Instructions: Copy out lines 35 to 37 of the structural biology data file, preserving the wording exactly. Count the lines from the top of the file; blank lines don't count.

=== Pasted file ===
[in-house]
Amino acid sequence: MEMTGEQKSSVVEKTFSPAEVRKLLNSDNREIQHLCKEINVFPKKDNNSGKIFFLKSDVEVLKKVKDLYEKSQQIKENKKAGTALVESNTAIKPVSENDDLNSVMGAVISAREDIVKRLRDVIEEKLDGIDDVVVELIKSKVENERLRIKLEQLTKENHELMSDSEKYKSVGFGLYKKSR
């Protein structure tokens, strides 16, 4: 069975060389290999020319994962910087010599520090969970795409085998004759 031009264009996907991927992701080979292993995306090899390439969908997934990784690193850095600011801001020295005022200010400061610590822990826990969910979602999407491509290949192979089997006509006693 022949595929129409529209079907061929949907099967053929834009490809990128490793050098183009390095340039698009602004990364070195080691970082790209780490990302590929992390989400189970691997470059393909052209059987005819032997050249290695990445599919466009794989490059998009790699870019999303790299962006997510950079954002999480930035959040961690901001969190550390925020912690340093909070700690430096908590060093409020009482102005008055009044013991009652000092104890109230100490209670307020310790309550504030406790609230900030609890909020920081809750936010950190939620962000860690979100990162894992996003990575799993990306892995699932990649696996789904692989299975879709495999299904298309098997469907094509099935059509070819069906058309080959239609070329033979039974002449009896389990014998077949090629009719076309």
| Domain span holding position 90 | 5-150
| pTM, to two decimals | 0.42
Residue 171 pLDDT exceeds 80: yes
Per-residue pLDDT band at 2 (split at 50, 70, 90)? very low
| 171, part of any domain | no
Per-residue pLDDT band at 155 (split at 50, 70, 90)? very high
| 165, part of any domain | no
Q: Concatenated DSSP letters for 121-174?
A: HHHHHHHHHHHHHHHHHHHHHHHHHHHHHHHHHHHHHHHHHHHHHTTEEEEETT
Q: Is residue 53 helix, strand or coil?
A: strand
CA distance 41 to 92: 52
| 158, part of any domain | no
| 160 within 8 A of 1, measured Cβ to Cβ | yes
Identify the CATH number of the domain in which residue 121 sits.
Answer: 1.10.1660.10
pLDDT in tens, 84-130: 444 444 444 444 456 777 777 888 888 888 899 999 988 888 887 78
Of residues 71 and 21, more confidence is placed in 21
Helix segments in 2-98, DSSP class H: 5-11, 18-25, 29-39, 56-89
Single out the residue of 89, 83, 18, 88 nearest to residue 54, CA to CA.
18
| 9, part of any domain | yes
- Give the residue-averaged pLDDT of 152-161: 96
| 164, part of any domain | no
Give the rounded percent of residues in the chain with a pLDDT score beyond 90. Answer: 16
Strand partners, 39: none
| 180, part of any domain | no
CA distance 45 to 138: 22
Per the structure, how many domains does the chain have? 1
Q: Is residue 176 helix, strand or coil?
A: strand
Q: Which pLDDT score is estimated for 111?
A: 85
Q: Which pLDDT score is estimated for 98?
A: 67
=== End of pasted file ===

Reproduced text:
Q: Which pLDDT score is estimated for 111?
A: 85
Q: Which pLDDT score is estimated for 98?